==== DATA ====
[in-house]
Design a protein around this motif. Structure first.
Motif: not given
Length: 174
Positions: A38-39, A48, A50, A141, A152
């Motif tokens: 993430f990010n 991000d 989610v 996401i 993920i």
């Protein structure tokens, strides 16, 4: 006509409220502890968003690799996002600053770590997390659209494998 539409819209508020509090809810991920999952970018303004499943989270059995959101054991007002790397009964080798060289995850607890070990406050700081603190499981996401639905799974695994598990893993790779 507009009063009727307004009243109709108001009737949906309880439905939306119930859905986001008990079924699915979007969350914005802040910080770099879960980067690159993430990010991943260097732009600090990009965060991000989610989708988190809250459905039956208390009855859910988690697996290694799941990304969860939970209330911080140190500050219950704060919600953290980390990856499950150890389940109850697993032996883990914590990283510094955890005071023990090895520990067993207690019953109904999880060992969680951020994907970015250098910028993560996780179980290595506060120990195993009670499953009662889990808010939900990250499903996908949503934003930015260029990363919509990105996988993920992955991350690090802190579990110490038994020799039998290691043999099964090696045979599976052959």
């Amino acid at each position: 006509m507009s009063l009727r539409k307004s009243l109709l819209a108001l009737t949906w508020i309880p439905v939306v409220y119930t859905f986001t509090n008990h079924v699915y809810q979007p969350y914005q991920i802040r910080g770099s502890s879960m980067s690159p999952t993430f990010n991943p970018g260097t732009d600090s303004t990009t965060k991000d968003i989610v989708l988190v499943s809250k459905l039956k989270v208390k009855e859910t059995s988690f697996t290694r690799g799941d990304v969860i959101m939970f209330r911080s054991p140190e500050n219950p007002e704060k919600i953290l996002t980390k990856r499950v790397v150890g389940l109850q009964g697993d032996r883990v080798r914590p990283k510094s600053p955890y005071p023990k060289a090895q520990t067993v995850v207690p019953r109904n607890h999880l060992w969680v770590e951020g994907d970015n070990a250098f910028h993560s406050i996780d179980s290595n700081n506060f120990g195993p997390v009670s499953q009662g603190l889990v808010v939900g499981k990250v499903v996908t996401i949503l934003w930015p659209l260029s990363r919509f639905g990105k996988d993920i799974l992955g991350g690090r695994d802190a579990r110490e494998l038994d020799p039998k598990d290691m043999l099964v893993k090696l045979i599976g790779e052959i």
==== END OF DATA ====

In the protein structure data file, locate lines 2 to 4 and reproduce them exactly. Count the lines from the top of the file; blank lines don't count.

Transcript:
Design a protein around this motif. Structure first.
Motif: not given
Length: 174